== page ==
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Financial Services To ‘Come Back Stronger’

Deputy Prime Minister K Peter Turnquest.

Deputy Prime Minister K Peter Turnquest.

By NEIL HARTNELL

Tribune Business Editor

nhartnell@tribunemedia.net

The deputy prime minister yesterday admitted there may be “some initial contraction” as the Bahamian financial services sector adjusts to its new regulatory regime, but expressed confidence it will ultimately “come back stronger”.

KP Turnquest told Tribune Business there would inevitably be some shake-out as the industry adapts to the “economic substance” requirements imposed by the European Union (EU) and Organisation for Economic Co-Operation and Development (OECD), and the elimination of “ring fencing”, but argued that The Bahamas’ “quality” reputation will see it re-emerge again.

Speaking as the prime minister met with senior EU officials to reaffirm The Bahamas’ intentions to meet its demands, Mr Turnquest voiced optimism that this country was “in good shape” to avoid the 28-nation bloc’s “blacklist” that is due to be announced later this month.

“Our regime is pretty much benchmarked with all jurisdictions of like size and scope, so we believe we will be competitive in our sphere,” Mr Turnquest told this newspaper of the new financial services supervisory framework.

“We anticipate that while we may find some initial contraction, as we always do when there are changes of this nature, at the end of the day clients return to quality and there is no doubt that The Bahamas is a quality jurisdiction. We anticipate we may have a bump in the road, but we expect the industry to come back stronger and adjust to the regulations as required.”

While expressing confidence that The Bahamas has done everything necessary to avoid the EU “blacklist”, Mr Turnquest said: “We had outlined to the EU last year a timeline for implementation of various initiatives and we have met all our targeted deadlines. As far as we’re concerned we’re in good shape. We have addressed all the follow-up questions put to us, and await the final assessment by the EU’s Code of Conduct Group.

“We certainly expect to have a favourable review but, at this stage, it’s in the hands of those who will be the judge, jury and executioner. We’ve certainly complied with all the standards, the supporting paper that was presented to us, and believe we have done enough.”

Dr Hubert Minnis, together with Carl Bethel QC, the attorney general, met in Brussels with top EU officials to press the case for this nation to avoid any “blacklist”.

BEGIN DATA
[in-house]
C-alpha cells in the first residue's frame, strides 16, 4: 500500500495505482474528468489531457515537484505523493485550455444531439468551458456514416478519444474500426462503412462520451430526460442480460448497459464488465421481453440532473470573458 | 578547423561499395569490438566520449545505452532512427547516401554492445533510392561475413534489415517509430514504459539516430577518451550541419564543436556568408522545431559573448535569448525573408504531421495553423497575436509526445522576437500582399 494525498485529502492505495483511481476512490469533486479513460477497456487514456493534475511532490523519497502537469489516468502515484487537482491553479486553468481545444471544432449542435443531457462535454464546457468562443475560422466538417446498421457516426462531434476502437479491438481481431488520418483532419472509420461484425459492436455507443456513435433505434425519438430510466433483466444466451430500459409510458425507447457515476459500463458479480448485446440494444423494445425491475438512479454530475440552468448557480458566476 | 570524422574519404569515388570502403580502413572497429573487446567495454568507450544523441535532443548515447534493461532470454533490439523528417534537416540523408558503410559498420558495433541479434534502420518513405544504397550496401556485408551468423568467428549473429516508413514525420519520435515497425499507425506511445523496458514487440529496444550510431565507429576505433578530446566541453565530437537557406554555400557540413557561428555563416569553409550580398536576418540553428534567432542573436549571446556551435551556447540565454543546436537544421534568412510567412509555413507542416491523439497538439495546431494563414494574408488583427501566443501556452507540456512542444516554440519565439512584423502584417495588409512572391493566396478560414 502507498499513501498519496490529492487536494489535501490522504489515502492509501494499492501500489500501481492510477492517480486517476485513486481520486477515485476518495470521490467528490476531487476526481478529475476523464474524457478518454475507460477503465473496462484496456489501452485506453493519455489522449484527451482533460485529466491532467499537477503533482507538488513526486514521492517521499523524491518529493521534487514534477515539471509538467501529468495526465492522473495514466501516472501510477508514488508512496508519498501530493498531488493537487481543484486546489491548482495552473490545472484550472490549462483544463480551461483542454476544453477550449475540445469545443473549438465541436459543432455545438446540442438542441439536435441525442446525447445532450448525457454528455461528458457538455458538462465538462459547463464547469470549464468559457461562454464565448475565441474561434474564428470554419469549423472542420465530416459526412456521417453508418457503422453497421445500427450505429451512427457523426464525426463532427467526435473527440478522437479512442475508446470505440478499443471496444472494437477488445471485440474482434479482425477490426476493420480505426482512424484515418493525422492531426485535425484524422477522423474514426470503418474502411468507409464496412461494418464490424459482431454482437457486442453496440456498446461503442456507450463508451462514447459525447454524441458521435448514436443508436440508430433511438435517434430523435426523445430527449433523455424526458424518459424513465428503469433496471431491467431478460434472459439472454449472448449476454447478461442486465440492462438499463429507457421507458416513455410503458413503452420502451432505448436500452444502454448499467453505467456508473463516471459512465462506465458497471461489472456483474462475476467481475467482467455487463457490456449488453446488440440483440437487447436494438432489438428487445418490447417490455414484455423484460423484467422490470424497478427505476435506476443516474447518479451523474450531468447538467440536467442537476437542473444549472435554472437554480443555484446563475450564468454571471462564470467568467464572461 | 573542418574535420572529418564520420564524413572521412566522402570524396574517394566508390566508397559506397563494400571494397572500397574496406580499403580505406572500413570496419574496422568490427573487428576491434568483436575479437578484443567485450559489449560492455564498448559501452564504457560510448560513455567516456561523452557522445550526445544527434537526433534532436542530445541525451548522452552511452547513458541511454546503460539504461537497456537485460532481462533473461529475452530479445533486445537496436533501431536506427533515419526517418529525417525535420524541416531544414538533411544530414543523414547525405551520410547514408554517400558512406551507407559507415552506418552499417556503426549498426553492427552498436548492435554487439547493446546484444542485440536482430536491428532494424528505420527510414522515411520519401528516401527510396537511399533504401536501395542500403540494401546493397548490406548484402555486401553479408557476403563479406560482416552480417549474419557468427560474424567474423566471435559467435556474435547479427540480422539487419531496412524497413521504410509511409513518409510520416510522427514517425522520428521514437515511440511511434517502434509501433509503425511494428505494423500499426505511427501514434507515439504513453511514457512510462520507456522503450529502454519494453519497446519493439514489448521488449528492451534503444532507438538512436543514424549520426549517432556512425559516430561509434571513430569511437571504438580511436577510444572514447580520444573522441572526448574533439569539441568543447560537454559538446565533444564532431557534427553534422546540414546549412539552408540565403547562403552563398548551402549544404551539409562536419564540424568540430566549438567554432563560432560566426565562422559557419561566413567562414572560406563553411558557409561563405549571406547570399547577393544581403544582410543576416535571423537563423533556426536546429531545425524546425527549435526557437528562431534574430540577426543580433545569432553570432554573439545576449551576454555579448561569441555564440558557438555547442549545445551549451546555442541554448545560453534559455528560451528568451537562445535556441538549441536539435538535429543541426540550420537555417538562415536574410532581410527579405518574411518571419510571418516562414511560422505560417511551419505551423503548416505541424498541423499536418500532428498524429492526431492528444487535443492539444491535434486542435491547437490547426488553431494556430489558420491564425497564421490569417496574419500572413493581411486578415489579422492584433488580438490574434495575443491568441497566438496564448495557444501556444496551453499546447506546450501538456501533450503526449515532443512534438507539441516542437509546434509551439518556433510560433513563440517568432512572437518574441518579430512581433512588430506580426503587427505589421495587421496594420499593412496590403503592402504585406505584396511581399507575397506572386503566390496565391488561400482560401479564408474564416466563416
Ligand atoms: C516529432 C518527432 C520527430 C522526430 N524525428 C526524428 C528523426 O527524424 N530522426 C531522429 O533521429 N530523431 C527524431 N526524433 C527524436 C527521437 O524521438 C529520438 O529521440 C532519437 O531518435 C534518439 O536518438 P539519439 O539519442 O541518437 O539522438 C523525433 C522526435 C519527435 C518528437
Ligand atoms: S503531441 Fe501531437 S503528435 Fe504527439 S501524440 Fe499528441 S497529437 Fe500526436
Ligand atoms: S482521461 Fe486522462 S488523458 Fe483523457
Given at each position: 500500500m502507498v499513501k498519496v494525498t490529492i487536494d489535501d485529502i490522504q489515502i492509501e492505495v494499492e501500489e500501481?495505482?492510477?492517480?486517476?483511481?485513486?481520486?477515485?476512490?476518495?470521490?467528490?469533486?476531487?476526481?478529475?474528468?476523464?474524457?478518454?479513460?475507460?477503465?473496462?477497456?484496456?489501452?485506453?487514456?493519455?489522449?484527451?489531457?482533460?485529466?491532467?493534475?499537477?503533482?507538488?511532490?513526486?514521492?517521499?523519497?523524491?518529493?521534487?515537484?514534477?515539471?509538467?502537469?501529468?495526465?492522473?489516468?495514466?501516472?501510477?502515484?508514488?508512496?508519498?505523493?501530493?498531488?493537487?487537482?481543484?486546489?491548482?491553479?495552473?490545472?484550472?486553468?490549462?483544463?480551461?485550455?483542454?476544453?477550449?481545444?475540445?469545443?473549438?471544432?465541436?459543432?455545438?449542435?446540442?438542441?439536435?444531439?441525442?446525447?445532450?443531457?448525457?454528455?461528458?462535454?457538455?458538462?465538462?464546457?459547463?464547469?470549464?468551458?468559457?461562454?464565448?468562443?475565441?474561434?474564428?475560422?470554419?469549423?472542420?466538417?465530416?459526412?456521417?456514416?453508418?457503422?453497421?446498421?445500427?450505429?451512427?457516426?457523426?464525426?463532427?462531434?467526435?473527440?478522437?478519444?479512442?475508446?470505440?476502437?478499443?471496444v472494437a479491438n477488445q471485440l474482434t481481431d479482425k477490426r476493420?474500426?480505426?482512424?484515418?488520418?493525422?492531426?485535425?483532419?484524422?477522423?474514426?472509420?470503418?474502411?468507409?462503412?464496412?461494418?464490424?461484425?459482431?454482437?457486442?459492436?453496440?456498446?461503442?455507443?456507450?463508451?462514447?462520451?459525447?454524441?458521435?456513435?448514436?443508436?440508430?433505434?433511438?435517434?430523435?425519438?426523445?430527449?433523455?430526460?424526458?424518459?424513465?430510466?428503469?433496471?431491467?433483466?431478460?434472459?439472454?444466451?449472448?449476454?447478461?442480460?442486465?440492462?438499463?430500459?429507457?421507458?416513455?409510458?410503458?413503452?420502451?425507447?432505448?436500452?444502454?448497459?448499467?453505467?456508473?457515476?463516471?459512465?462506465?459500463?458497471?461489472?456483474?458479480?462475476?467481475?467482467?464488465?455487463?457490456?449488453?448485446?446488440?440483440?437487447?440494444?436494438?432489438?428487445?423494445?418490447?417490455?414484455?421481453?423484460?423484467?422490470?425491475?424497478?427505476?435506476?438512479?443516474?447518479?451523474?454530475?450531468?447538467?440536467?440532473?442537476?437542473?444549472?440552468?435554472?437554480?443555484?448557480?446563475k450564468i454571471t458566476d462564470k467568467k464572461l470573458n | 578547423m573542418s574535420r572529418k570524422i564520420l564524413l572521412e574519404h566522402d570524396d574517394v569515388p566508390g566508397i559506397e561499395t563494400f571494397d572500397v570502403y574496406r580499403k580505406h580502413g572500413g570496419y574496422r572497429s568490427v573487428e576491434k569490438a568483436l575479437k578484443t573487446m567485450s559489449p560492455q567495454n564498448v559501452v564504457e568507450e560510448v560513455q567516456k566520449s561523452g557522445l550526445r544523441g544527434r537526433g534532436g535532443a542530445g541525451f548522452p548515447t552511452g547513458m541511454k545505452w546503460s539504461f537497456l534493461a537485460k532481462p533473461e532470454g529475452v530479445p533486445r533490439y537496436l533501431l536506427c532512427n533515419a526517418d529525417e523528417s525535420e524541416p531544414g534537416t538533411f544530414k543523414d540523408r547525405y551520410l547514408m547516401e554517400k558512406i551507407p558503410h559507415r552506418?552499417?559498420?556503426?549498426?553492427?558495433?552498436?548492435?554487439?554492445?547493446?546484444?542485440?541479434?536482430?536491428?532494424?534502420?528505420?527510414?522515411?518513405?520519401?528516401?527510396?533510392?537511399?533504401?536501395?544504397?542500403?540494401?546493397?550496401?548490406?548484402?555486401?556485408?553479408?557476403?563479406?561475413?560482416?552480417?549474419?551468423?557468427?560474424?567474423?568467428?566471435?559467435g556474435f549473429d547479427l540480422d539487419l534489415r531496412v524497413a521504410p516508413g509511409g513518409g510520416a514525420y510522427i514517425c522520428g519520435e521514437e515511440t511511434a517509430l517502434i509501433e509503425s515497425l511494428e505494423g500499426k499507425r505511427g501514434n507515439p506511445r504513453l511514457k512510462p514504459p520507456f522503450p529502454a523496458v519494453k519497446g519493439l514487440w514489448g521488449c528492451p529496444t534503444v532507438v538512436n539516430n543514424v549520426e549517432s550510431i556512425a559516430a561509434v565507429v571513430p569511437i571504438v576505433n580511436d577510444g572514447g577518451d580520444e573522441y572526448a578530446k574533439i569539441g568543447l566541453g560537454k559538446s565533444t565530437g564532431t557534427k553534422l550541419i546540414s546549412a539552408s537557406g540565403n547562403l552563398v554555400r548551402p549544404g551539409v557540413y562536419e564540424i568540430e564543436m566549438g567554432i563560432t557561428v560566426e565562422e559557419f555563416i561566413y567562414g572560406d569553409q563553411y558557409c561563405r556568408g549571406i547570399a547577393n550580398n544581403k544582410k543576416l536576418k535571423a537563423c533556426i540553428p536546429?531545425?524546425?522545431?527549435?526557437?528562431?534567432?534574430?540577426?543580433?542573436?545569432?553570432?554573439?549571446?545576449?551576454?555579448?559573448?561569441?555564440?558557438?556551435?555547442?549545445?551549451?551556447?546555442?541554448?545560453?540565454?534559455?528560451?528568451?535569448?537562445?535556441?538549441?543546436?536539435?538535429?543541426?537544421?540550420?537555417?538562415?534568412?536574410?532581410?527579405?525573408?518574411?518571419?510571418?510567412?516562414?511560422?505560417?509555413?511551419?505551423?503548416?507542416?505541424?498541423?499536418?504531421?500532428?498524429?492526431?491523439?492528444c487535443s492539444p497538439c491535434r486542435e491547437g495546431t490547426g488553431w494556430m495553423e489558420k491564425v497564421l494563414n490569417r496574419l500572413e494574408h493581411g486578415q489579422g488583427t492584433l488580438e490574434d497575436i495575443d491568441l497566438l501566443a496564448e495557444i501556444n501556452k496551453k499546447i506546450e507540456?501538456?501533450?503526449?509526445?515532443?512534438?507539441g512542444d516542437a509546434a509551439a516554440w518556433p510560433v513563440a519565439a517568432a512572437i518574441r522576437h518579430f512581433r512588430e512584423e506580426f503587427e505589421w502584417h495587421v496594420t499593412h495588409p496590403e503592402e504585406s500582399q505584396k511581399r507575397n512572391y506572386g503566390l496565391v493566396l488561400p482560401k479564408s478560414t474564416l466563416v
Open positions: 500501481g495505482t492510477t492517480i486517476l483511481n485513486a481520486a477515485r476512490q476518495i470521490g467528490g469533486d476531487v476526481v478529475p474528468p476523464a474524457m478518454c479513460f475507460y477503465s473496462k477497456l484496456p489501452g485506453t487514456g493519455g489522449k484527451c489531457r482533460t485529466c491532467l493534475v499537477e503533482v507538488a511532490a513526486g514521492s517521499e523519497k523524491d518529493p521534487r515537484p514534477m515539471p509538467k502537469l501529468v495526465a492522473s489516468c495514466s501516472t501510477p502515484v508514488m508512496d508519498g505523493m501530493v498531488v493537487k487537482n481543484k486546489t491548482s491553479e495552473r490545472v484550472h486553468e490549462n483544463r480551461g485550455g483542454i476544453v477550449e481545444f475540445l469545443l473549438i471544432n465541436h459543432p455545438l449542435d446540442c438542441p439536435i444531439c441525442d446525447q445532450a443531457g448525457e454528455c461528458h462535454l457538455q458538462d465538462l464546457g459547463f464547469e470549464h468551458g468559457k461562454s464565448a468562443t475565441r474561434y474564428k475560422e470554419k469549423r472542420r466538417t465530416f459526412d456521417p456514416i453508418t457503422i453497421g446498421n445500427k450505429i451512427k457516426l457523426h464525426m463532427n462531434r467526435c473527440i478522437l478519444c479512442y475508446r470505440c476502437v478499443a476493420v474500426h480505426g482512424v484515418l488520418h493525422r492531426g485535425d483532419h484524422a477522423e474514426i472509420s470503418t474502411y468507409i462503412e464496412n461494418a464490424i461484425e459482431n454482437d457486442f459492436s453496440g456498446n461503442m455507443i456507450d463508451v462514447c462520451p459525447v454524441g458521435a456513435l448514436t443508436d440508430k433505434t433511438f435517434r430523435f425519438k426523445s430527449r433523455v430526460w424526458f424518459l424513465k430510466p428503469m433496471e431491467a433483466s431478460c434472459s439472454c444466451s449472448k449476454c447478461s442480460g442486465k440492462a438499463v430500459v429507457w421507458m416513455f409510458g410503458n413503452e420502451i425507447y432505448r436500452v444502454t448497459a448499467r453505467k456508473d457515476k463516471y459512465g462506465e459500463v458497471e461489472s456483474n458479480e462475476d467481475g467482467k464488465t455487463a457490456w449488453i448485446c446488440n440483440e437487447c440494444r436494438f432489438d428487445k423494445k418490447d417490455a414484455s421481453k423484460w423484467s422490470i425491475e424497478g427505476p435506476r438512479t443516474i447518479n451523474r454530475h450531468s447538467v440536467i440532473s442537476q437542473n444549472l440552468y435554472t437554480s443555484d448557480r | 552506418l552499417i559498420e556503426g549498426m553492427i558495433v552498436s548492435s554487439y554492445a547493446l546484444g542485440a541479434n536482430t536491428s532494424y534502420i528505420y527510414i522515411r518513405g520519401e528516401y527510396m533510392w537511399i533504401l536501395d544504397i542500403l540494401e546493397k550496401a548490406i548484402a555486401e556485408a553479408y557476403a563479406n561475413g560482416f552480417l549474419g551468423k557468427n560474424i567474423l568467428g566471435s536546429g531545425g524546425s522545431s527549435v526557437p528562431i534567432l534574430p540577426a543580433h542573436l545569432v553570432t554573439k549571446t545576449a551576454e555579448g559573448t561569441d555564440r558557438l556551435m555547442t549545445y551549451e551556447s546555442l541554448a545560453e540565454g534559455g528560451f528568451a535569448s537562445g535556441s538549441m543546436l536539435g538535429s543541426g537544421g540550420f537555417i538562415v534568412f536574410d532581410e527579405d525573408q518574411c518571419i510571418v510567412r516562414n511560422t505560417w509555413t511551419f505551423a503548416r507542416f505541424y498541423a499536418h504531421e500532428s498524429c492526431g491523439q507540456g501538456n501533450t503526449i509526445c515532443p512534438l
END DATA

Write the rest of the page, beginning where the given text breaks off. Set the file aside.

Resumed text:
Yesterday’s meeting saw the Bahamian delegation meet with Stephen Quest, director-general of the directorate generale for taxation and Customs union. Many in the financial services industry, though, are still trying to interpret what Dr Minnis’ trip to Brussels means and if it represented a last-ditch effort to persuade the EU not to include The Bahamas on its “blacklist”.

A government source, though, said the prime minister’s presence was intended to show the EU that The Bahamas “takes this very seriously at the highest level”, and is putting major weight behind its compliance.

Comments

ThisIsOurs 6 months ago

We started bleeding accounts in the offshore industry after the 2008 financial crash and it's never stopped, why he believes were going to "rebound" quickly from another nail in the coffin, only God one knows

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Well_mudda_take_sic 6 months ago

Here we have one of our most untruthful politicians at it again....LMAO

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DWW 6 months ago

Is he blind or just low mental acuity?

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TalRussell 6 months ago

Yes, or no comrade KP, the 1970's operate out briefcase with corporate shingle nailed front building Sir Stafford's Bay Street law offices building ain't about do comeback.

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BahamaPundit 6 months ago

The key is sovereignty. The Bahamas has completely lost its sovereignty with financial services. Unless and until it can regain its sovereignty, its brand is dirt in the international market. Financial services look for either small regimes with strong sovereignty or colonies attached to powerful countries, such as Cayman. The Bahamas is now piggy in the middle, and "luke warm" is never a strong selling point. Either the Bahams grows some balls or becomes a colony of the US or UK, or it can kiss financial services bye bye.

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banker 6 months ago